A quietly vibrant city tucked into the northwestern corner of Washington State, Seattle has been home to many industries. Grunge music was born in the drizzly gray that Seattleites are so used to and with it came the article of clothing that Seattle has become most famous for: the plaid flannel shirt. A simple design born in the mountains, worn by loggers and people who just enjoy being warm, the plaid flannel shirt has been around since the beginning of Seattle when the timber industry took root in the abundant forest growth surrounding the sleepy city. And, it was because of this growing industry that Clinton C. Filson moved from Nebraska to Seattle and began outfitting loggers in flannel shirts and workwear. C.C. Filson is as much of a Seattle institution as grunge, rain, and logging. Filson was there from the beginning.
Clinton C. Filson was a Nebraskan working on the railroad in the late 1890s when he decided to uproot himself and move west to Seattle. Hearing of the growing logging industry in the Pacific Northwest and the gold rush in Alaska, he moved to the Emerald City and started a logging outfitter — designing, manufacturing, and selling quality and heroically durable goods was his specialty.
He began specifically designing gear for prospectors heading north to Alaska — clothing, blankets, sleeping bags, and boots. This was the beginning of Filson as we know it — then known as C.C. Filson’s Pioneer Alaska Clothing and Blanket Manufacturers.
In 1899, he shifted his focus to hunting, fishing, and logging. And thus, C.C. Filson was born. The company remained in the Filson family until 1981 when it was sold to Stan Kohls, a skiwear designer who brought the production up from 35 to over 250 goods, all the while refraining from modern technology so as to retain the authenticity of the product. Quality. Durability. American made.
In 2005, Filson was bought by Brentwood Associates and then sold again to Bedrock Manufacturing Co., out of Texas. Though ownership of the company has changed hands numerous times, their attention to quality, craftsmanship, and durability has never fallen by the wayside. Filson products are built to last.
the story of my bag
My father bought one of the first generations of briefcases released by Filson in the early 90’s. He is a doctor and therefore works obscene hours — both at the office and at home. Lugging patient files around was something he knew he was going to have to do and, knowing he was going to have to do it every day, back and forth, he wanted something that was going to be up for the job. Filson became his top choice and he bought a large briefcase/computer bag — one of the first of the line. When he purchased the smaller Original Briefcase a few years ago, he gave me his original Filson bag.
Since he bought the bag, it has been all over the globe. It has toured Europe multiple times, it has felt the moisture of a Seattle drizzle, it has felt the heat of Arizona, braved the snow of B.C., been in two-seater planes, been strapped to the pannier rack of a bicycle, trekked through the forest on adventures — in short, there are few places that my bag has not been. It has seen the world.
And it wants to see more.
There is one word to describe the construction of a Filson product — bombproof. With a combination of oiled twill canvas and bridle leather bound by double stitching and a doubled canvas bottom, as soon as you even lay eyes on this thing, you know that it is not going anywhere. The Filson is built for life and everything that life throws at it along the way.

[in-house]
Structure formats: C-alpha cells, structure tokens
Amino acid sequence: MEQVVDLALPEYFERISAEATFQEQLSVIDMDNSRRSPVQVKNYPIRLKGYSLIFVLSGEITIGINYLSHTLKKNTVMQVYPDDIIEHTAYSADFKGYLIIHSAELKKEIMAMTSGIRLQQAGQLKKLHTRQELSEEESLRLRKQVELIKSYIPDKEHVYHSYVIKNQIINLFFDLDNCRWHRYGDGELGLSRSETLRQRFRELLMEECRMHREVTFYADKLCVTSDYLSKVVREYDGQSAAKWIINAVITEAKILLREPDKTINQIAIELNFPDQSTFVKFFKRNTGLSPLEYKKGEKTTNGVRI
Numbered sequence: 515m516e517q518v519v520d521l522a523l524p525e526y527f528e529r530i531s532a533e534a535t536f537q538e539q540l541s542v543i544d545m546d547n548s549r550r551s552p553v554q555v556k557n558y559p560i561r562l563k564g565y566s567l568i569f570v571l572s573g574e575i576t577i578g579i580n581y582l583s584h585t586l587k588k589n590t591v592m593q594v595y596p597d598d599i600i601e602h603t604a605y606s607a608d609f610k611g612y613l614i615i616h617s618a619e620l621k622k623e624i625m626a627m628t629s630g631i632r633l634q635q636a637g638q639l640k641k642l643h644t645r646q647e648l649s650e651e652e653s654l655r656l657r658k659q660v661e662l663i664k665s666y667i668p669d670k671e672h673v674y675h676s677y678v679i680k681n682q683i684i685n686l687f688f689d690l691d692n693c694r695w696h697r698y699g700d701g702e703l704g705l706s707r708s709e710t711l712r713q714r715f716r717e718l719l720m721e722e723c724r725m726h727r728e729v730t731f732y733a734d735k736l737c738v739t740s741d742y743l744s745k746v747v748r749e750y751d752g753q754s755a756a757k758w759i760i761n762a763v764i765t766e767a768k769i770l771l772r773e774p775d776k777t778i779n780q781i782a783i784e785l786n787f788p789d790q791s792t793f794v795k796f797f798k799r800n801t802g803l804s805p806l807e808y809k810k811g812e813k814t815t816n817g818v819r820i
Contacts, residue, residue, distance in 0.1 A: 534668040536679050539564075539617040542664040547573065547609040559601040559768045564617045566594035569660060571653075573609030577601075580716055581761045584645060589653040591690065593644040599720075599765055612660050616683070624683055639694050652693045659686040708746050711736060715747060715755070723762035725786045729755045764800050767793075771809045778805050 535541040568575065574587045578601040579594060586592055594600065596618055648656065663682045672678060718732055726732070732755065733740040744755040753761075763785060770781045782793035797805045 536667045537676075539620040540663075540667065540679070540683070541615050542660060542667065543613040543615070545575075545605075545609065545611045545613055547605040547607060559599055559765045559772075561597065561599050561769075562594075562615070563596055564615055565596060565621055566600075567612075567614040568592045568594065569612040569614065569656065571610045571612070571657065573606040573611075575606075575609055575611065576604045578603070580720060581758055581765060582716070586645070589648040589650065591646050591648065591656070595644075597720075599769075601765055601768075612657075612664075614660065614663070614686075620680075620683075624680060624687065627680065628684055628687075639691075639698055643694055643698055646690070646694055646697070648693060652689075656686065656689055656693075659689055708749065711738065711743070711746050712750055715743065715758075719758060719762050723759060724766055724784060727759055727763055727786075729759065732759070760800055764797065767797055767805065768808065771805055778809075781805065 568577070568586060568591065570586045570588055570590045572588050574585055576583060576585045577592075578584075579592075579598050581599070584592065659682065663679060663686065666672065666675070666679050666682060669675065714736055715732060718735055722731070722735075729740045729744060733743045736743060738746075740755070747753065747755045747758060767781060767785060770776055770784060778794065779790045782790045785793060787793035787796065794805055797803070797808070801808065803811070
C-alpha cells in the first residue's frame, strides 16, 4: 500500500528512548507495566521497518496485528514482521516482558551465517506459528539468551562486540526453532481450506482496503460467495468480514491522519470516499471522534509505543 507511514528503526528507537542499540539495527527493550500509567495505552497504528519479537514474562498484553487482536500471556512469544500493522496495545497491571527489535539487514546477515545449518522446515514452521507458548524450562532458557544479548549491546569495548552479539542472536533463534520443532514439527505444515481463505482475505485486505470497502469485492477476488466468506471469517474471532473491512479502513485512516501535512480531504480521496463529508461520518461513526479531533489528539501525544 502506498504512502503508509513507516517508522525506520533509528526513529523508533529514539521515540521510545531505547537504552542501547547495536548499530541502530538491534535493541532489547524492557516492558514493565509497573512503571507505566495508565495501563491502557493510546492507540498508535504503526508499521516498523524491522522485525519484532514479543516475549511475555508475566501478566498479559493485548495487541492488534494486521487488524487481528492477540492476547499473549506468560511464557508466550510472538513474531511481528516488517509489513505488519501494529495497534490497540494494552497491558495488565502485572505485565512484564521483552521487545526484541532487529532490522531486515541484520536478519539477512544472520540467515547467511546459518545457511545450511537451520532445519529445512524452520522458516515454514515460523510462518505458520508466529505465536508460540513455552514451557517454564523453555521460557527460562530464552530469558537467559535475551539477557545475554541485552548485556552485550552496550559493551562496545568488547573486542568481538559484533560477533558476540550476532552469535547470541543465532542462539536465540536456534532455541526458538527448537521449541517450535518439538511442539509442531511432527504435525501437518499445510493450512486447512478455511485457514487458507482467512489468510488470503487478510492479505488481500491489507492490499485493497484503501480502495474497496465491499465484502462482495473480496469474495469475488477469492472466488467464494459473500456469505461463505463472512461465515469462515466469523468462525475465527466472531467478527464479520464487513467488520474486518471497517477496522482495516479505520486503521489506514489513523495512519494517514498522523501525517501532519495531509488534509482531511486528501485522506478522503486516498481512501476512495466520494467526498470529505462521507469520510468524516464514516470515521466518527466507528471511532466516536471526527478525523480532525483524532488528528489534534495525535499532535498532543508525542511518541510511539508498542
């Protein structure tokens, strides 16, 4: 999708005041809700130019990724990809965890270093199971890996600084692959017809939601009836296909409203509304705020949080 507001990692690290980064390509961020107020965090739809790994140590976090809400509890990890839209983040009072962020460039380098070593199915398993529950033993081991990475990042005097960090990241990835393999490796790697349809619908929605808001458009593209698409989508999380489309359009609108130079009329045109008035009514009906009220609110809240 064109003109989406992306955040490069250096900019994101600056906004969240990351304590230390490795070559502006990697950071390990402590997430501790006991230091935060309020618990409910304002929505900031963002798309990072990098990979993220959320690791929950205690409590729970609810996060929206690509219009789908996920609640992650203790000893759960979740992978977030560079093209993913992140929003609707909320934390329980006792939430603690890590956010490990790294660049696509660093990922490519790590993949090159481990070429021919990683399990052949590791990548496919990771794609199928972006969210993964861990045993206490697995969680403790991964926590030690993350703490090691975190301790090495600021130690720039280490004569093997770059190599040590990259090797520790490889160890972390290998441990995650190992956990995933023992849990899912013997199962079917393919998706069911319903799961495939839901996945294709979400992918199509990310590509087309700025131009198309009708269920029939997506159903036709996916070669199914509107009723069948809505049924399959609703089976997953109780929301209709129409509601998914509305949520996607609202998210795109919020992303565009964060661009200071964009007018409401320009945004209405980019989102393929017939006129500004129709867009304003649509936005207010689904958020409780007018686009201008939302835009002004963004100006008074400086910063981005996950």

The canvas is Filson’s own 22oz 100% Cotton Oil Finish Rugged Twill. 22oz. This stuff is beyond bombproof — it’s nuke proof. Well, maybe not quite that strong, but it will take absolutely everything you can throw at it.
The doubled bottom of the bag is a defining feature of Filson bags; basically, two layers of their canvas are stitched together, then used for the bottom of the bag. Two layers of 22oz canvas basically turns the bottom of the bag into 44oz canvas and will therefore take the abuse of a ridiculous amount of weight and pressure. You really can put anything in this bag and know that it won’t be going anywhere.
The Filson Briefcase is a classic look that really will not ever go out of style. Filson has mastered the definining canvas/leather combination that most other companies strive to emulate. The best part? It only gets better with age.
With tan canvas and dark brown leather, the Filson bag has the feel of a rugged, yet collegiate workhorse. In other words, this bag is as at home in your office as it is deep in the woods of British Columbia or on the deck of a commercial salmon boat in the frothing waves of the Pacific or in a cafe in downtown Portland or Seattle. This bag really fits in all places with all styles; it is an aesthetic jack-of-all-trades.
This bag has remained unchanged in style and aesthetic since it was released in the early 90’s. The new bags look identical to my vintage bag, and I really like that. The only difference is that my bag has obviously seen 20+ years of heavy use and wear, but I think the beautiful patina that my bag has devoloped over the years of use makes it look even better.
The patina that appears with wear is really the best aesthetic feature of this bag. The dirt, ink stains, wear around the edges, and scuffs and dull glow of well-worn leather give this bag life. In other words, this is a product that grows with you. As you use it, as you live with it; as you yourself grow, the bag grows with you. I really like buying a product that is aesthetically good when you buy it and even better after 20 years of use.